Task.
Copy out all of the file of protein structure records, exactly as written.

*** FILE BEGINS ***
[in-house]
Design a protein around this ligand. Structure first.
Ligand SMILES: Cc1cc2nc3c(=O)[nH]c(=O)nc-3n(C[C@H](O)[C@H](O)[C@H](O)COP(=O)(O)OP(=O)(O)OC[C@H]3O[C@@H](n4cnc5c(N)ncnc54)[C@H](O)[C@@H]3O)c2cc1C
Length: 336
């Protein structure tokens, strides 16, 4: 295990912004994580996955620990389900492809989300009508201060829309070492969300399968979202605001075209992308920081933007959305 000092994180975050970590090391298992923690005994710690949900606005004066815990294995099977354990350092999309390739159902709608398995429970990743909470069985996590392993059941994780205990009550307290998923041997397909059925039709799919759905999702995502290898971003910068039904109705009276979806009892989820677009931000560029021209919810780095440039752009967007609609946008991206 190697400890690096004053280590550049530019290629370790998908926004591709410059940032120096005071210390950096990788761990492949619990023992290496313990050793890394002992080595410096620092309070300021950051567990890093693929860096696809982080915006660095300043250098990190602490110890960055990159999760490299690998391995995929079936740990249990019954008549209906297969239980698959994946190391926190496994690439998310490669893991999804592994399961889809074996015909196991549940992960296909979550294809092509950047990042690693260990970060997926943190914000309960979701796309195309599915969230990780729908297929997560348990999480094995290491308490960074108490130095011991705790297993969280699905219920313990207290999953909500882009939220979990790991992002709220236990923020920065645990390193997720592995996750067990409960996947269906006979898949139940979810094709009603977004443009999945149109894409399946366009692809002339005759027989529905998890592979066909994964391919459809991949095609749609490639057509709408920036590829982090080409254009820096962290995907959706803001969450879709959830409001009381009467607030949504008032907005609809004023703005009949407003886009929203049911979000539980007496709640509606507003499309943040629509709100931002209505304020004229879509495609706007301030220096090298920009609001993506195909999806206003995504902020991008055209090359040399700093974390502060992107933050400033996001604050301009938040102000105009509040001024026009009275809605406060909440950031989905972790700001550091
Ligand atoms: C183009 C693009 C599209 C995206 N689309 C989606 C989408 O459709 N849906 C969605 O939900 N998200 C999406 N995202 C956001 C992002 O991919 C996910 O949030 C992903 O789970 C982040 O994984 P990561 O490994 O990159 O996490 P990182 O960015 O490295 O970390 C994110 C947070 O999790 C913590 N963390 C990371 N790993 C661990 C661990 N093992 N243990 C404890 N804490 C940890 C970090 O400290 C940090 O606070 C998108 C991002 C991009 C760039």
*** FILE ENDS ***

[in-house]
Design a protein around this ligand. Structure first.
Ligand SMILES: Cc1cc2nc3c(=O)[nH]c(=O)nc-3n(C[C@H](O)[C@H](O)[C@H](O)COP(=O)(O)OP(=O)(O)OC[C@H]3O[C@@H](n4cnc5c(N)ncnc54)[C@H](O)[C@@H]3O)c2cc1C
Length: 336
């Protein structure tokens, strides 16, 4: 295990912004994580996955620990389900492809989300009508201060829309070492969300399968979202605001075209992308920081933007959305 000092994180975050970590090391298992923690005994710690949900606005004066815990294995099977354990350092999309390739159902709608398995429970990743909470069985996590392993059941994780205990009550307290998923041997397909059925039709799919759905999702995502290898971003910068039904109705009276979806009892989820677009931000560029021209919810780095440039752009967007609609946008991206 190697400890690096004053280590550049530019290629370790998908926004591709410059940032120096005071210390950096990788761990492949619990023992290496313990050793890394002992080595410096620092309070300021950051567990890093693929860096696809982080915006660095300043250098990190602490110890960055990159999760490299690998391995995929079936740990249990019954008549209906297969239980698959994946190391926190496994690439998310490669893991999804592994399961889809074996015909196991549940992960296909979550294809092509950047990042690693260990970060997926943190914000309960979701796309195309599915969230990780729908297929997560348990999480094995290491308490960074108490130095011991705790297993969280699905219920313990207290999953909500882009939220979990790991992002709220236990923020920065645990390193997720592995996750067990409960996947269906006979898949139940979810094709009603977004443009999945149109894409399946366009692809002339005759027989529905998890592979066909994964391919459809991949095609749609490639057509709408920036590829982090080409254009820096962290995907959706803001969450879709959830409001009381009467607030949504008032907005609809004023703005009949407003886009929203049911979000539980007496709640509606507003499309943040629509709100931002209505304020004229879509495609706007301030220096090298920009609001993506195909999806206003995504902020991008055209090359040399700093974390502060992107933050400033996001604050301009938040102000105009509040001024026009009275809605406060909440950031989905972790700001550091
Ligand atoms: C183009 C693009 C599209 C995206 N689309 C989606 C989408 O459709 N849906 C969605 O939900 N998200 C999406 N995202 C956001 C992002 O991919 C996910 O949030 C992903 O789970 C982040 O994984 P990561 O490994 O990159 O996490 P990182 O960015 O490295 O970390 C994110 C947070 O999790 C913590 N963390 C990371 N790993 C661990 C661990 N093992 N243990 C404890 N804490 C940890 C970090 O400290 C940090 O606070 C998108 C991002 C991009 C760039």